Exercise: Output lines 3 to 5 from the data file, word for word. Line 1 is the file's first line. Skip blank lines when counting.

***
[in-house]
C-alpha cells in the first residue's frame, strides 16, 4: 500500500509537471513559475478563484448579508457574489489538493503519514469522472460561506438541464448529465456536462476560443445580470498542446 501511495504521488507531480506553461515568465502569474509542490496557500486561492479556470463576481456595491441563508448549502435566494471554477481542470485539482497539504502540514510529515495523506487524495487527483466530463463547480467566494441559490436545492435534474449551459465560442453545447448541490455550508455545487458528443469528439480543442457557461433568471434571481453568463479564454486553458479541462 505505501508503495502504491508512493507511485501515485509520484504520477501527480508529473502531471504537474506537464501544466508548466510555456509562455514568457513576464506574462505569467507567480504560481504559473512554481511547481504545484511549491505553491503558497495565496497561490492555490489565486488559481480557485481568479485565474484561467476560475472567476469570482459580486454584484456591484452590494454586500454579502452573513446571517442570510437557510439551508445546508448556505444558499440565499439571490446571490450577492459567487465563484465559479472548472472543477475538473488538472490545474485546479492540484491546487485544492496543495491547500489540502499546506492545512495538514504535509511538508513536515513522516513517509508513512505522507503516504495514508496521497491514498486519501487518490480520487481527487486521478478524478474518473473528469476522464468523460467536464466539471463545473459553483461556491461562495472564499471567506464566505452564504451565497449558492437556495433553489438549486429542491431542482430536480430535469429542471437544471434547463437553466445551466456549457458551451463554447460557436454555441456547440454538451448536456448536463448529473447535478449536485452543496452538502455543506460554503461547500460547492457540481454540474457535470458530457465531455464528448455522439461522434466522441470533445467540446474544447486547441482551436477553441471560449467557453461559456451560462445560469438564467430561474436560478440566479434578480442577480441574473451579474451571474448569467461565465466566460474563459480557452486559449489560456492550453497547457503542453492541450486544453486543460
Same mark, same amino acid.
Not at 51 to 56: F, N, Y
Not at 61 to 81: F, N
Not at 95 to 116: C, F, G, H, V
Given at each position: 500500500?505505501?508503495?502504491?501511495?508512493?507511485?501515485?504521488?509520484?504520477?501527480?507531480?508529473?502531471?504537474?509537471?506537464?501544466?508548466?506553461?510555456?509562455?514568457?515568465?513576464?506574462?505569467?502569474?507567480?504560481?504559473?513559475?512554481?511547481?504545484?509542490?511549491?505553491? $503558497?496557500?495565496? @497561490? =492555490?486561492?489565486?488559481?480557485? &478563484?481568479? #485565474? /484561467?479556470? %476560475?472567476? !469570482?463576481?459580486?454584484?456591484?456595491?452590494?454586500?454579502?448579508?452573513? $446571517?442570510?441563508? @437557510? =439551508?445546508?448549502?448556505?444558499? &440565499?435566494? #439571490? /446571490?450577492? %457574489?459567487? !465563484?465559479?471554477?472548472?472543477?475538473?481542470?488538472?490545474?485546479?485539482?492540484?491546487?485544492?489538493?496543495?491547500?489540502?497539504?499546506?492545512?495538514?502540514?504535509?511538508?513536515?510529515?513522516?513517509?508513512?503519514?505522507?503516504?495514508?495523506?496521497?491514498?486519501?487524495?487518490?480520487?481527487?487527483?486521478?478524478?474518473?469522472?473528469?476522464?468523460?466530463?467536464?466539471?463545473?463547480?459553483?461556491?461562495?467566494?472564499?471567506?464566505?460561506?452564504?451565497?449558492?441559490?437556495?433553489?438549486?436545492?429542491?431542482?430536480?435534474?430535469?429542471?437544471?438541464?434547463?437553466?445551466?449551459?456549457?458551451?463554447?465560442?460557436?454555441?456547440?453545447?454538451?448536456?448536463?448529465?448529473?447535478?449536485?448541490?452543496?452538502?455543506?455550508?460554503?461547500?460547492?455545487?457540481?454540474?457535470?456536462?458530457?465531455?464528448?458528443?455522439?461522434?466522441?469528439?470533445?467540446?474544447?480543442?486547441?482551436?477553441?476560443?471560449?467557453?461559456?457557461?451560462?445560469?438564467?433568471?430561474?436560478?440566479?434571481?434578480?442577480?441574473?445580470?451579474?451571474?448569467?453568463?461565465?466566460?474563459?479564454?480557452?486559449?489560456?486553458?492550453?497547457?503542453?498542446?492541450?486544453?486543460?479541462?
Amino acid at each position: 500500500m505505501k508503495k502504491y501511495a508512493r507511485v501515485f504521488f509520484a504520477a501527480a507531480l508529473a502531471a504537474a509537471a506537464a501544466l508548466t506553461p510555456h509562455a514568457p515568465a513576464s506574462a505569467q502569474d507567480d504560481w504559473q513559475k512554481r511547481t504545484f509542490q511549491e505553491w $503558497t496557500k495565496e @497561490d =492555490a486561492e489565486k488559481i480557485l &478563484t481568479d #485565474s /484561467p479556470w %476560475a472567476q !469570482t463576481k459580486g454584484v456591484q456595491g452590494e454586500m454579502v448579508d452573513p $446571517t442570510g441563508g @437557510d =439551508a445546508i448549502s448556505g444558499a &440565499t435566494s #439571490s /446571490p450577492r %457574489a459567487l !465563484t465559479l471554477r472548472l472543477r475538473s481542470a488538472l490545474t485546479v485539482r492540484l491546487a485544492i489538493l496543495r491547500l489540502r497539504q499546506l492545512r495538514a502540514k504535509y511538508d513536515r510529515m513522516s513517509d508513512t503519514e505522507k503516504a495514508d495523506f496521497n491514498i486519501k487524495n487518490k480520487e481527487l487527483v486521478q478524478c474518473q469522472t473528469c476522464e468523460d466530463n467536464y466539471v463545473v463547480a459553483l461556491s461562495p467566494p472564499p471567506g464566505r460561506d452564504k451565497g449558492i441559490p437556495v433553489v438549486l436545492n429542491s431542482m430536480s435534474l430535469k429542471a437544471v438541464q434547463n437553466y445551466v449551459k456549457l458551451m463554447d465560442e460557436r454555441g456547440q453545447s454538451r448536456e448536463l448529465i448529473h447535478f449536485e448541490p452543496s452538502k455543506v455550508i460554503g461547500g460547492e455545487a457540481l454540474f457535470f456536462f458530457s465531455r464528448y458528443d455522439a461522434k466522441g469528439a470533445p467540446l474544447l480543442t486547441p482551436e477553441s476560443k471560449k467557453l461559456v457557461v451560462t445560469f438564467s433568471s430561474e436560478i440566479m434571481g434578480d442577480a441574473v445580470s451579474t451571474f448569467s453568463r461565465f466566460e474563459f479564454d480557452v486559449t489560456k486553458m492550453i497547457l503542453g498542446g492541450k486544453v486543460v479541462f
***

Same mark, same amino acid.
Not at 51 to 56: F, N, Y
Not at 61 to 81: F, N